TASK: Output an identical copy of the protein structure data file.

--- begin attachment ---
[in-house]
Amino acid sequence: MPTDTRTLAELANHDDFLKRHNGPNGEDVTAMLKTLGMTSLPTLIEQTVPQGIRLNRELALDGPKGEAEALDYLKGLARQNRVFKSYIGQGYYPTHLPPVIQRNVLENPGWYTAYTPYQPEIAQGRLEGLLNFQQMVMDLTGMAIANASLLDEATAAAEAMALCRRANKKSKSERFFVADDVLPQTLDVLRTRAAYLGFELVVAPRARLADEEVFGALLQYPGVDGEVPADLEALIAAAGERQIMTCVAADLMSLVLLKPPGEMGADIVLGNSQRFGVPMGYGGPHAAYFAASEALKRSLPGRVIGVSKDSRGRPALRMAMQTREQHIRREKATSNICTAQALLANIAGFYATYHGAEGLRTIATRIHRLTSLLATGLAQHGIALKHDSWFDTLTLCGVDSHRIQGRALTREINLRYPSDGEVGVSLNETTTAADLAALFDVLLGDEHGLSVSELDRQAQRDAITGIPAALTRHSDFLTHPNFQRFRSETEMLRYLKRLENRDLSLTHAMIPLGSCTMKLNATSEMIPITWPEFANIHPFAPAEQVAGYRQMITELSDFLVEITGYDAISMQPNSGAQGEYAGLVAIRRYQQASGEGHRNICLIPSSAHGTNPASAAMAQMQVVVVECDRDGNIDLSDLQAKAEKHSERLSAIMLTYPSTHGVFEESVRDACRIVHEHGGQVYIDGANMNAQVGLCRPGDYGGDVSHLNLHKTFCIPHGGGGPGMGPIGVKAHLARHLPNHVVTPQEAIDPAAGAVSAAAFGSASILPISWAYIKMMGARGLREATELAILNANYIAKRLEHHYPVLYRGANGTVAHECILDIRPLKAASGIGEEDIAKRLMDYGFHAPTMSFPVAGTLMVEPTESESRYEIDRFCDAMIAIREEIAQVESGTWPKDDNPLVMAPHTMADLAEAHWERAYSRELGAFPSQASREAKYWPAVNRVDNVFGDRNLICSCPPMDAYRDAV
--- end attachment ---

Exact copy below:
[in-house]
Amino acid sequence: MPTDTRTLAELANHDDFLKRHNGPNGEDVTAMLKTLGMTSLPTLIEQTVPQGIRLNRELALDGPKGEAEALDYLKGLARQNRVFKSYIGQGYYPTHLPPVIQRNVLENPGWYTAYTPYQPEIAQGRLEGLLNFQQMVMDLTGMAIANASLLDEATAAAEAMALCRRANKKSKSERFFVADDVLPQTLDVLRTRAAYLGFELVVAPRARLADEEVFGALLQYPGVDGEVPADLEALIAAAGERQIMTCVAADLMSLVLLKPPGEMGADIVLGNSQRFGVPMGYGGPHAAYFAASEALKRSLPGRVIGVSKDSRGRPALRMAMQTREQHIRREKATSNICTAQALLANIAGFYATYHGAEGLRTIATRIHRLTSLLATGLAQHGIALKHDSWFDTLTLCGVDSHRIQGRALTREINLRYPSDGEVGVSLNETTTAADLAALFDVLLGDEHGLSVSELDRQAQRDAITGIPAALTRHSDFLTHPNFQRFRSETEMLRYLKRLENRDLSLTHAMIPLGSCTMKLNATSEMIPITWPEFANIHPFAPAEQVAGYRQMITELSDFLVEITGYDAISMQPNSGAQGEYAGLVAIRRYQQASGEGHRNICLIPSSAHGTNPASAAMAQMQVVVVECDRDGNIDLSDLQAKAEKHSERLSAIMLTYPSTHGVFEESVRDACRIVHEHGGQVYIDGANMNAQVGLCRPGDYGGDVSHLNLHKTFCIPHGGGGPGMGPIGVKAHLARHLPNHVVTPQEAIDPAAGAVSAAAFGSASILPISWAYIKMMGARGLREATELAILNANYIAKRLEHHYPVLYRGANGTVAHECILDIRPLKAASGIGEEDIAKRLMDYGFHAPTMSFPVAGTLMVEPTESESRYEIDRFCDAMIAIREEIAQVESGTWPKDDNPLVMAPHTMADLAEAHWERAYSRELGAFPSQASREAKYWPAVNRVDNVFGDRNLICSCPPMDAYRDAV